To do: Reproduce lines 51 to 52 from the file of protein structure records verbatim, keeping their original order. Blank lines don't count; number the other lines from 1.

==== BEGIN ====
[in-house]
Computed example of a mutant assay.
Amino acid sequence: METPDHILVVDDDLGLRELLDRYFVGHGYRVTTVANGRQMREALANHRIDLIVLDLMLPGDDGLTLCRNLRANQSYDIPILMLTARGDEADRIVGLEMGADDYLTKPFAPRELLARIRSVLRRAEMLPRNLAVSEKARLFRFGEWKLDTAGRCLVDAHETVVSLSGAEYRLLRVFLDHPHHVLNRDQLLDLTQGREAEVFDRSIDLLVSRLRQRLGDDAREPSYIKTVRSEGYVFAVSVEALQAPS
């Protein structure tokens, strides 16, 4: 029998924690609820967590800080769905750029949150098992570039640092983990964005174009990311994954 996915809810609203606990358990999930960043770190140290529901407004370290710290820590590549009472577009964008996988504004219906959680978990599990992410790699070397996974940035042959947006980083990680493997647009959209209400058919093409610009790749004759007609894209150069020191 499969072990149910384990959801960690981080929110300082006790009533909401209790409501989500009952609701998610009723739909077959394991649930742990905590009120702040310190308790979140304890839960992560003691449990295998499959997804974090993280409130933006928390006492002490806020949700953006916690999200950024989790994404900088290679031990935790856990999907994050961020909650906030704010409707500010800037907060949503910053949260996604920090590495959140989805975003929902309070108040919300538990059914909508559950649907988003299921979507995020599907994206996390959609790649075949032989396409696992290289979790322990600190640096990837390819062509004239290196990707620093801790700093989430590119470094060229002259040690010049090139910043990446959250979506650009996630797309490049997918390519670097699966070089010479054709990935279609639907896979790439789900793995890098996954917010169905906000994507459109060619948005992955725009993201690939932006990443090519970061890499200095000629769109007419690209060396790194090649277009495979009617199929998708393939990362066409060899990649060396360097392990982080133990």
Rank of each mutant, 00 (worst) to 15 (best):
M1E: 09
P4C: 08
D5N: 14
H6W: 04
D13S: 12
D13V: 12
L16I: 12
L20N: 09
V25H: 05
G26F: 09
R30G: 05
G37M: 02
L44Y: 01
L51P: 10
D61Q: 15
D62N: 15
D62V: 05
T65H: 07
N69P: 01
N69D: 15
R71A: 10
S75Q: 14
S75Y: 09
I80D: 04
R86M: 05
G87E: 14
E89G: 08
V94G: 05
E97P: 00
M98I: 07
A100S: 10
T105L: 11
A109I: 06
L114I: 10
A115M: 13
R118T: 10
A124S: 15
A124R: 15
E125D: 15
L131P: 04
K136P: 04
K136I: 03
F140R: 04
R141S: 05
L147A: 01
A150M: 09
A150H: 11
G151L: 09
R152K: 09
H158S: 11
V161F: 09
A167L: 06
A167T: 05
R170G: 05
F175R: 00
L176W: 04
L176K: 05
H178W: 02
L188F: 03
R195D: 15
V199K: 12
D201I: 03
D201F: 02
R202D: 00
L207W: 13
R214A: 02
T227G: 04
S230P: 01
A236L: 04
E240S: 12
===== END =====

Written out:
A150M: 09
A150H: 11